Thursday, October 22

Iran tests ballistic missile capable of nuke--ten days before start of Obozo's deal

Your president--a man whose entire career has been built on bluff, bluster and altering his record to polish his image--has insisted on "making a deal" with the terrorist-sponsoring mullahs of Iran. 

Ooooh, a deal!   Like, a diplomatic agreement, such as one might expect of a guy who was nominated for the Nobel peace prize a week after he took office--and won it, based on zero accomplishments.  But he's got a D after his name, so that's all that matters in New America.

This "deal" released roughly $150 Billion in bank accounts owned by Iran, in exchange for a solemn promise by the mullahs exactly the same thing they've been doing for years.

Man, that's some sharp deal by Barky and John F'n Kerry, eh?

Virtually every adult who isn't a liberal/Democrat warned that this "deal" was an illusion, a piece of theater that would give the mullahs a green light to develop an atomic bomb.  It was obvious from the outset, because the "deal" doesn't provide for any no-notice inspections.  So let's say the CIA had a spy in an Iranian lab who sent 'em pics of a atomic bomb being assembled in a secret lab in Iran.  By the provisions of this wonderful "deal" we'd have to give the mullahs 28 days notice before inspecting.

And even then, "we" couldn't inspect.  That task is farmed out to the IAEA.  But you trust them, right?

Does this requirement to give 28 days notice before inspection strike you as a good deal?

The 'inception date' of this POS was last Sunday.  Here's what happened about a week earlier:
The United States, Britain, France and Germany called on Wednesday for the United Nations Security Council's Iran sanctions committee to take action over a missile test by Tehran that they said violated a U.N. ban.
In a letter containing details on the launch, they said the ballistic missile was "inherently capable of delivering a nuclear weapon." 
The letter, seen by Reuters, was sent to the committee after the United States raised the issue in the 15-member Security Council. 
"We trust that this information will assist the Committee in its responsibility to examine and take appropriate action in response to violations of U.N. Security Council resolutions," they wrote. 
Iran said earlier this month that it had tested a new precision-guided ballistic missile.
Diplomats have said it was possible for the sanctions committee to blacklist additional Iranian individuals or entities if it determined that the missile launch had breached the U.N. ban. However, they said Russia and China, which have opposed the sanctions on Iran's missile program, might block any such moves.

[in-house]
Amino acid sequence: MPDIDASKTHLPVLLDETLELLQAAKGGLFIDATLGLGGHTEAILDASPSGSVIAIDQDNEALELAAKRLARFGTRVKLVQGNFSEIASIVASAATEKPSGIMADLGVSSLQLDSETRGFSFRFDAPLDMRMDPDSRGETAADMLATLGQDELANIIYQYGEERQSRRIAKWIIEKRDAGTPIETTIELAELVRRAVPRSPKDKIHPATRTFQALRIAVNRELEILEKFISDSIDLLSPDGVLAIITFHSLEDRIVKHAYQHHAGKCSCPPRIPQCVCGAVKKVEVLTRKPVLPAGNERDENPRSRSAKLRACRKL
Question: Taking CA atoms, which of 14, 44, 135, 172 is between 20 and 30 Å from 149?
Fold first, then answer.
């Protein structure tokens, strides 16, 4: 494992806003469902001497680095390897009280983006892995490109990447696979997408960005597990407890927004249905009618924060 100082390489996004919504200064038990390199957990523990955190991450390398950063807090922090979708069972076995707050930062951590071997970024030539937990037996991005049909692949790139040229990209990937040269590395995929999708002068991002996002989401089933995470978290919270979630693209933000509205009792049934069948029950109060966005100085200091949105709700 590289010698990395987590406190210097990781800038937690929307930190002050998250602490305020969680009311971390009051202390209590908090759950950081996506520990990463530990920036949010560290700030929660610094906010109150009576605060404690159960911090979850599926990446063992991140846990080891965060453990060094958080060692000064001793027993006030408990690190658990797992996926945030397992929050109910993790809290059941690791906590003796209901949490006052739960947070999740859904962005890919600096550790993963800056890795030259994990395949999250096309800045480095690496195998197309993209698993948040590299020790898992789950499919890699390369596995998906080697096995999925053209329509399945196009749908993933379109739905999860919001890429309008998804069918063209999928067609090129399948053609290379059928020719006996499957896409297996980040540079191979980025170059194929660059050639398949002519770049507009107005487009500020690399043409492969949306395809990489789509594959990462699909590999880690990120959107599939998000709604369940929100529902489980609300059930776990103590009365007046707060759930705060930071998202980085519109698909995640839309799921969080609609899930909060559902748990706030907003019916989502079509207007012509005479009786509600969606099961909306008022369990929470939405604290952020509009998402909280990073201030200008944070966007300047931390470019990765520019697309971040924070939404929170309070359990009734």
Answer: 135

"The United States will continue to press the Security Council to respond effectively to any future violations ... Full and robust enforcement of all relevant U.N. measures is and will remain critical," U.S. ambassador to the United Nations Samantha Power said in a statement on Wednesday. 
Iran has disputed the Western assessment that the missile was capable of delivering a nuclear warhead. 
"None of the Islamic Republic of Iran's missiles has been designed for a nuclear capability," Iranian Foreign Minister Mohammad Javad Zarif said on Saturday, according to Iran's state news agency IRNA. 
Ballistic missile tests by Iran are banned under a 2010 Security Council resolution that remains valid until a nuclear deal between Iran and six world powers is implemented.
Under that deal, reached on July 14, most sanctions on Iran will be lifted in exchange for curbs on its nuclear program. Once it takes effect, Iran will still be "called upon" to refrain from work on ballistic missiles designed to deliver nuclear weapons for up to eight years. 
The deal allows for supply of ballistic missile technology to Tehran with Security Council approval, but the United States has pledged to veto any such requests. 
U.S. officials have said the missile test is not a violation of the nuclear deal. 
Iranian Supreme Leader Ayatollah Ali Khamenei on Wednesday conditionally approved the nuclear deal but warned it would be violated if any of the six world powers imposed any sanctions on any level and under any pretext.

Didja get that?  The supreme shit-stain of Iran "warned" that the deal would be "violated"--meaning by the western nations--if any western nation reimposed sanctions "under any pretext."  In other words he's saying "No matter what we [Iranians] do, you can't penalize us without killing this wonderful, brilliant, clever deal."  And of course no western pol wants to be the one to kill the wonderful deal.  So...the Iranians have a free hand to do...anything.

Sweet deal for them.  So what benefits does the deal contain for the U.S.?

Zero.  Zip, zilch, nada.

But Barky got the deal HE wanted.  And in bizarro-world that's all that ever mattered.


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